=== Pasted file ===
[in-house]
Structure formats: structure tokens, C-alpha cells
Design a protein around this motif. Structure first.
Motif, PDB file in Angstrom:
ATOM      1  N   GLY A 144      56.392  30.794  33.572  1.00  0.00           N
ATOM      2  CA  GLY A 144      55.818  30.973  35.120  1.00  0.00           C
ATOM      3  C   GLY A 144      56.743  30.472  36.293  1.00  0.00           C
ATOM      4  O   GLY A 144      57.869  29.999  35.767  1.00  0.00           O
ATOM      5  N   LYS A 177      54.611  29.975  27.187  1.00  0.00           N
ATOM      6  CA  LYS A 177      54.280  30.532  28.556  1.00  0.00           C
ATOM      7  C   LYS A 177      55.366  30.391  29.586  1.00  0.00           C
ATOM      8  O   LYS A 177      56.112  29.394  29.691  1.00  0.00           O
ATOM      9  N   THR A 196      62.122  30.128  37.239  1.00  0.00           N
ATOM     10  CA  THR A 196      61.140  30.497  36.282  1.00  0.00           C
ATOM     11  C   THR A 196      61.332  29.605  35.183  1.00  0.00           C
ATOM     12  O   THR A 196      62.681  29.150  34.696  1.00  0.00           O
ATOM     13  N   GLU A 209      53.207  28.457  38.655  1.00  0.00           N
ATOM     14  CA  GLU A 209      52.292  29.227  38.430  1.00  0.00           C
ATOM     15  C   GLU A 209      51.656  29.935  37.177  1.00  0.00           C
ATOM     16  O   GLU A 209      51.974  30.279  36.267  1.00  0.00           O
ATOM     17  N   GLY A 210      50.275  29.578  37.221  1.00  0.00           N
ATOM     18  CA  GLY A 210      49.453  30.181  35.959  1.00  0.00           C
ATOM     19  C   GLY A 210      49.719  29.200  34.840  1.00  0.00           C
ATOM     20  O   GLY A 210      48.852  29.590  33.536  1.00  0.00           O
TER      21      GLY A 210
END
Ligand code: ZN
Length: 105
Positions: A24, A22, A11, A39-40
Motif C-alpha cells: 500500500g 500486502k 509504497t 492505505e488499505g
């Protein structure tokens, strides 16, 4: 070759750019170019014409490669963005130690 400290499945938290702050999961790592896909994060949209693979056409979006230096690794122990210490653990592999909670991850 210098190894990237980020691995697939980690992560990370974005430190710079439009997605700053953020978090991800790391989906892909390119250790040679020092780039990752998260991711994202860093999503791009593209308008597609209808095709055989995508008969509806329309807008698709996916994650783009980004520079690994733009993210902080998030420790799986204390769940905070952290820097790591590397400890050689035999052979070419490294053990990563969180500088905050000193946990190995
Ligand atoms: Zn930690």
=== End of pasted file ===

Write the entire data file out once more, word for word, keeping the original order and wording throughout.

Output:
[in-house]
Structure formats: structure tokens, C-alpha cells
Design a protein around this motif. Structure first.
Motif, PDB file in Angstrom:
ATOM      1  N   GLY A 144      56.392  30.794  33.572  1.00  0.00           N
ATOM      2  CA  GLY A 144      55.818  30.973  35.120  1.00  0.00           C
ATOM      3  C   GLY A 144      56.743  30.472  36.293  1.00  0.00           C
ATOM      4  O   GLY A 144      57.869  29.999  35.767  1.00  0.00           O
ATOM      5  N   LYS A 177      54.611  29.975  27.187  1.00  0.00           N
ATOM      6  CA  LYS A 177      54.280  30.532  28.556  1.00  0.00           C
ATOM      7  C   LYS A 177      55.366  30.391  29.586  1.00  0.00           C
ATOM      8  O   LYS A 177      56.112  29.394  29.691  1.00  0.00           O
ATOM      9  N   THR A 196      62.122  30.128  37.239  1.00  0.00           N
ATOM     10  CA  THR A 196      61.140  30.497  36.282  1.00  0.00           C
ATOM     11  C   THR A 196      61.332  29.605  35.183  1.00  0.00           C
ATOM     12  O   THR A 196      62.681  29.150  34.696  1.00  0.00           O
ATOM     13  N   GLU A 209      53.207  28.457  38.655  1.00  0.00           N
ATOM     14  CA  GLU A 209      52.292  29.227  38.430  1.00  0.00           C
ATOM     15  C   GLU A 209      51.656  29.935  37.177  1.00  0.00           C
ATOM     16  O   GLU A 209      51.974  30.279  36.267  1.00  0.00           O
ATOM     17  N   GLY A 210      50.275  29.578  37.221  1.00  0.00           N
ATOM     18  CA  GLY A 210      49.453  30.181  35.959  1.00  0.00           C
ATOM     19  C   GLY A 210      49.719  29.200  34.840  1.00  0.00           C
ATOM     20  O   GLY A 210      48.852  29.590  33.536  1.00  0.00           O
TER      21      GLY A 210
END
Ligand code: ZN
Length: 105
Positions: A24, A22, A11, A39-40
Motif C-alpha cells: 500500500g 500486502k 509504497t 492505505e488499505g
């Protein structure tokens, strides 16, 4: 070759750019170019014409490669963005130690 400290499945938290702050999961790592896909994060949209693979056409979006230096690794122990210490653990592999909670991850 210098190894990237980020691995697939980690992560990370974005430190710079439009997605700053953020978090991800790391989906892909390119250790040679020092780039990752998260991711994202860093999503791009593209308008597609209808095709055989995508008969509806329309807008698709996916994650783009980004520079690994733009993210902080998030420790799986204390769940905070952290820097790591590397400890050689035999052979070419490294053990990563969180500088905050000193946990190995
Ligand atoms: Zn930690």